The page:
Role of the giant elastic protein titin in the Frank-Starling mechanism of the heart

Norio Fukuda, Henk Granzier

Research output: Contribution to journalReview articlepeer-review

43 Scopus citations


Increased ventricular volume enhances the systolic performance, a phenomenon known as Frank-Starling's law of the heart. At its basis is the ability of cardiac muscle to produce increased active force in response to increased muscle length. Although numerous studies have been conducted to elucidate the molecular basis of length-dependent activation, the mechanism remains elusive. The giant protein titin (also known as connectin) is the third filament system in the sarcomere and is responsible for most passive stiffness of striated muscle in the physiological sarcomere length range. The force generated by titin is usually seen as passive and independent of active force generation. Recent findings, however, suggest that titin-based passive force modulates actin-myosin interaction, resulting in greater active force in response to stretch. In this short review, we discuss the molecular mechanisms of length-dependent activation, focusing on the possible role of titin in its regulation.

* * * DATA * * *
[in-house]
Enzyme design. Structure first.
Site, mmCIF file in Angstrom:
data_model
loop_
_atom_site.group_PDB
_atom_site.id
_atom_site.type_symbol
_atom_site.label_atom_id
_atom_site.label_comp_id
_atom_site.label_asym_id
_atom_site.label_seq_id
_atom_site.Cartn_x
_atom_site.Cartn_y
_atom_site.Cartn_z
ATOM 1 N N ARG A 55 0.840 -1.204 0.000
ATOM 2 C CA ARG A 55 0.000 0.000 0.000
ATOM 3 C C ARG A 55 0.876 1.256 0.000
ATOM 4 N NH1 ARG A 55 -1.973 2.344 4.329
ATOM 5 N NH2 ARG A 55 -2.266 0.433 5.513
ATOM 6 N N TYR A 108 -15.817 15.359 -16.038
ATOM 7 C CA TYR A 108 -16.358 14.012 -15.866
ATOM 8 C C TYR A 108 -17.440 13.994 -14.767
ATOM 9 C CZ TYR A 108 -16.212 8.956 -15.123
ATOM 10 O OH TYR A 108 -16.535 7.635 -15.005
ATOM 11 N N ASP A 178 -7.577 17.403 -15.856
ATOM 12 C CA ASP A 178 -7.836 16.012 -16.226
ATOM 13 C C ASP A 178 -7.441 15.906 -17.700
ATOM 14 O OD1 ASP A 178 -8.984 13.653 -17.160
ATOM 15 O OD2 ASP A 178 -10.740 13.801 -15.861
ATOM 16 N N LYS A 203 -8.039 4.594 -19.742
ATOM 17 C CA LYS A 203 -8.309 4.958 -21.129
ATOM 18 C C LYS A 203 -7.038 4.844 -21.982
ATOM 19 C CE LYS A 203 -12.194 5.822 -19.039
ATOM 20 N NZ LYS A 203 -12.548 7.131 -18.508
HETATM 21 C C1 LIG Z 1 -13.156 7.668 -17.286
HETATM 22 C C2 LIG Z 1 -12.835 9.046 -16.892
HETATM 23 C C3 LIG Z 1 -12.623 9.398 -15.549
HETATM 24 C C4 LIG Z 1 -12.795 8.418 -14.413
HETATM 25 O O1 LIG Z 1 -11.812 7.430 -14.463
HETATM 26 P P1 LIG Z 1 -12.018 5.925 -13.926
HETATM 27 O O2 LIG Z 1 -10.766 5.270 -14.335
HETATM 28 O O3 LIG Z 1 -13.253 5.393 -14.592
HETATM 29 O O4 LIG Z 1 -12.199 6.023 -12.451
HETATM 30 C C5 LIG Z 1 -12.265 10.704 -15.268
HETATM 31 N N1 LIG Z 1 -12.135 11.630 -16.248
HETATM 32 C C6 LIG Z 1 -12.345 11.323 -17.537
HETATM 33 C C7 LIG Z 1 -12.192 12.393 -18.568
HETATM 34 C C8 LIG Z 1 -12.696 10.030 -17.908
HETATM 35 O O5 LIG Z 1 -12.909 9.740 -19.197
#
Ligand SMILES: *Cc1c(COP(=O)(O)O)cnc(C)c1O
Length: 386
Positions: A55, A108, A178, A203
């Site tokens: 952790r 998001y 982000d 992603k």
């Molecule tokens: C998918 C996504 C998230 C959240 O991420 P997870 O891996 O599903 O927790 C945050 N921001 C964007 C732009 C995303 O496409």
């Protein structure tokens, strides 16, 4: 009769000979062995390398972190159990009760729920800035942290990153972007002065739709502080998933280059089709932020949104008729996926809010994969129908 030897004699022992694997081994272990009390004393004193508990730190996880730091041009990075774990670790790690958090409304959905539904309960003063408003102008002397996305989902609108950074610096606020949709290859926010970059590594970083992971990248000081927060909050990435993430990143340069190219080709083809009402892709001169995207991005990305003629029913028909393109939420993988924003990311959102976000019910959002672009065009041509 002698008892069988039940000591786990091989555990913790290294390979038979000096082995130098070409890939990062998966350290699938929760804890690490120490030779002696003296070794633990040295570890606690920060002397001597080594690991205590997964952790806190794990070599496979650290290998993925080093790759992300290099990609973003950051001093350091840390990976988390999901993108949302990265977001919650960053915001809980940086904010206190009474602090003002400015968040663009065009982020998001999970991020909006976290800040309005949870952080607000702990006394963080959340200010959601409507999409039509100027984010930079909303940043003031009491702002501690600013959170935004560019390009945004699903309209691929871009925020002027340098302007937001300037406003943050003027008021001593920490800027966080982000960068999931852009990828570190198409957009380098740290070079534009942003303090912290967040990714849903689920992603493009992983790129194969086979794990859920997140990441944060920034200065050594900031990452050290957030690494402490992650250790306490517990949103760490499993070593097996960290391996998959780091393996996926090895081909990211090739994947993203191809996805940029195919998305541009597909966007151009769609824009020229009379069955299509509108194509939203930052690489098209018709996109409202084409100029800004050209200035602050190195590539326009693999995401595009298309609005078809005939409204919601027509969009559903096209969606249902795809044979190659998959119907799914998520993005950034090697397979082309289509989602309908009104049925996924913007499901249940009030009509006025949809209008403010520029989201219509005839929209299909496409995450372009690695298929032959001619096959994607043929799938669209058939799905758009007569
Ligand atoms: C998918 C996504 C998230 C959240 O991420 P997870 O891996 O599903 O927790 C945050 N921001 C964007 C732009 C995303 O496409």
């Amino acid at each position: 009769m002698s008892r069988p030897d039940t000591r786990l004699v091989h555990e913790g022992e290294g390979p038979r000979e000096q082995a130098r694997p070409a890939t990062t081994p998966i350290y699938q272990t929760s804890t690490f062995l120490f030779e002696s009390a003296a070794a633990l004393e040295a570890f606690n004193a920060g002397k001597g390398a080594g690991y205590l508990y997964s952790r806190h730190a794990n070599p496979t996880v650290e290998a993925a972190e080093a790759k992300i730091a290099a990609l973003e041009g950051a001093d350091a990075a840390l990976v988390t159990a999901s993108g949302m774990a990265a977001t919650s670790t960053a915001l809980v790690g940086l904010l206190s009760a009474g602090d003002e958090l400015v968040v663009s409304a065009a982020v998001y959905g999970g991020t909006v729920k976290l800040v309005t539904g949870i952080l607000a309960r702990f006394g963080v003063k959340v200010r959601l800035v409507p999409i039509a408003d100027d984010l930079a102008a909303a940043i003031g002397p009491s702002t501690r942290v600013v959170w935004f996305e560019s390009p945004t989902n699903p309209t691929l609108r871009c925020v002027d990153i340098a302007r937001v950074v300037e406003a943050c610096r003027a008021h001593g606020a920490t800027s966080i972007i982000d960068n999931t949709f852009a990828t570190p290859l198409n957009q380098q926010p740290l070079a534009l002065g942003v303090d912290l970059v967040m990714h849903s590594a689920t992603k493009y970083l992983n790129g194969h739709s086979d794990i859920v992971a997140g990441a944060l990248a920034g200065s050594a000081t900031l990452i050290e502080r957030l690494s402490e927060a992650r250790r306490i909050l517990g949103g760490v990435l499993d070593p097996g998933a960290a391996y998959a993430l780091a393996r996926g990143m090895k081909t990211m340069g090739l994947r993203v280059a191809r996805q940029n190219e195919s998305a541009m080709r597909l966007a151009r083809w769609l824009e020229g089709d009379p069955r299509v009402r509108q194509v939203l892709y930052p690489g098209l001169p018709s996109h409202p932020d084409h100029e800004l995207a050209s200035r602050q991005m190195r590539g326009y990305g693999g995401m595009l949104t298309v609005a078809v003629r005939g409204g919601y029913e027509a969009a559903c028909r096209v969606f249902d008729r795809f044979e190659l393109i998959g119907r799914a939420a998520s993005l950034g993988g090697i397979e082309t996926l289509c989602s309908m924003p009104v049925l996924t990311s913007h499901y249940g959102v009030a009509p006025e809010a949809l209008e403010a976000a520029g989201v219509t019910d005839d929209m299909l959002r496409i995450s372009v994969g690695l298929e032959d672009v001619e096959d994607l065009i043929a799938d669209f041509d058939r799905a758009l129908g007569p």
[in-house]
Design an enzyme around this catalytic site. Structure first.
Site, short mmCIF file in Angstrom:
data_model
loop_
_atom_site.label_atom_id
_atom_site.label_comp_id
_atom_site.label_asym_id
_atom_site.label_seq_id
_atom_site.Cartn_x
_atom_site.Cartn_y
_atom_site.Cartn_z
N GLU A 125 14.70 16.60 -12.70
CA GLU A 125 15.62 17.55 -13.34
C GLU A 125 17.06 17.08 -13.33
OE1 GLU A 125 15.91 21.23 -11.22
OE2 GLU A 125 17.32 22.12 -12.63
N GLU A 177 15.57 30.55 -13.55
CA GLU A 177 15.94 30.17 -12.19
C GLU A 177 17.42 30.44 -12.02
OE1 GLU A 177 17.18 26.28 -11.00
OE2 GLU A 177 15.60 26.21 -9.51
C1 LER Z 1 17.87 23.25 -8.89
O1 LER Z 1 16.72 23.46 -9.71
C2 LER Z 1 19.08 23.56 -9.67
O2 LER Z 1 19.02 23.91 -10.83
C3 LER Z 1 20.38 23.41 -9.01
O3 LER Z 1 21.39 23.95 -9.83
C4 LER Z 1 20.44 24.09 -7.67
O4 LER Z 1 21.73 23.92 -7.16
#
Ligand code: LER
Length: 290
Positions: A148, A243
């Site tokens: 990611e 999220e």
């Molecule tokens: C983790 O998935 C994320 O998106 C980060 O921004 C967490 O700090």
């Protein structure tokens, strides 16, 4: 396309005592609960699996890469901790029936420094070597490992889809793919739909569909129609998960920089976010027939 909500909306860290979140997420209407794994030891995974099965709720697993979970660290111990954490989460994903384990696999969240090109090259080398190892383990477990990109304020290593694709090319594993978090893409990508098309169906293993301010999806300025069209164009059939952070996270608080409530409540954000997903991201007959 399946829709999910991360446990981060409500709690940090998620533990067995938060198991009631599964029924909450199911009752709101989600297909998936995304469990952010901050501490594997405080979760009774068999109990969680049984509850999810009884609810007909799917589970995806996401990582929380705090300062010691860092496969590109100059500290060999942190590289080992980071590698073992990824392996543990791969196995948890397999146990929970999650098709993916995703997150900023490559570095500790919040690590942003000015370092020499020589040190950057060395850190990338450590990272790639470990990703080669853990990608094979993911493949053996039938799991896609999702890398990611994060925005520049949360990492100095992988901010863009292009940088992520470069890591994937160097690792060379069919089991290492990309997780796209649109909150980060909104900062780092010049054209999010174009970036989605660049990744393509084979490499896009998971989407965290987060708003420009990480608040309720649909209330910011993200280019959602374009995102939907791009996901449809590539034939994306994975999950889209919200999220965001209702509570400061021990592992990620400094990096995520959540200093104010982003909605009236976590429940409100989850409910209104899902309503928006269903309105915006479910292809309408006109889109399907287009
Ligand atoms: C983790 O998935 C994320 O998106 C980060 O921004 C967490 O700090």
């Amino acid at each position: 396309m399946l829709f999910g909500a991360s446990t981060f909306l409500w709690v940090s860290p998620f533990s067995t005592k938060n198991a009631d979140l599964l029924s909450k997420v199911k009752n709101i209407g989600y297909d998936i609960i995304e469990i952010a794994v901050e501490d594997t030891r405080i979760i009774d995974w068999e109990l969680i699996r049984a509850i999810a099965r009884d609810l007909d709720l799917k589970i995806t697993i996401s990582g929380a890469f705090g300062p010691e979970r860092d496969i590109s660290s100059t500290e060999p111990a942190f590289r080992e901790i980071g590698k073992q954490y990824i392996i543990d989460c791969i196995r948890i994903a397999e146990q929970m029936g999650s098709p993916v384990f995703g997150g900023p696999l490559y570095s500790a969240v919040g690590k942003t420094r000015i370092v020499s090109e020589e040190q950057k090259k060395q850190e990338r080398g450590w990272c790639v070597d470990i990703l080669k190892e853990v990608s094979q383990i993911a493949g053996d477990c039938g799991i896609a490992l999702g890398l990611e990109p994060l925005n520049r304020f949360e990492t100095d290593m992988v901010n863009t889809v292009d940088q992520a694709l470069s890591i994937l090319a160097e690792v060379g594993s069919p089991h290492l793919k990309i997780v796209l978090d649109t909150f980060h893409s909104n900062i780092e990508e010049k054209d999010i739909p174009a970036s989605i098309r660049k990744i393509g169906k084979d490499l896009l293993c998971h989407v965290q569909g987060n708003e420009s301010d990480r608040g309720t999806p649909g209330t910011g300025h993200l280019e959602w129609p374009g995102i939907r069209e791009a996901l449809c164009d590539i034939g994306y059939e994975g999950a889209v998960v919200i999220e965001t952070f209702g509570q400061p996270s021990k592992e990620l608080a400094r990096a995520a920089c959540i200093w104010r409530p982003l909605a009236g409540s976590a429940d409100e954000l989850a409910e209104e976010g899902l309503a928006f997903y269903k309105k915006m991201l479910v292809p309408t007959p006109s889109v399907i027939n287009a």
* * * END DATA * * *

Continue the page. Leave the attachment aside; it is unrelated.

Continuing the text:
Original languageEnglish (US)
Pages (from-to)135-139
Number of pages5
JournalCurrent Vascular Pharmacology
Issue number2
StatePublished - Apr 2004


  • Cardiac muscle
  • Frank-Starling
  • Heart
  • Sarcomere length
  • Titin

ASJC Scopus subject areas

  • Pharmacology
  • Cardiology and Cardiovascular Medicine


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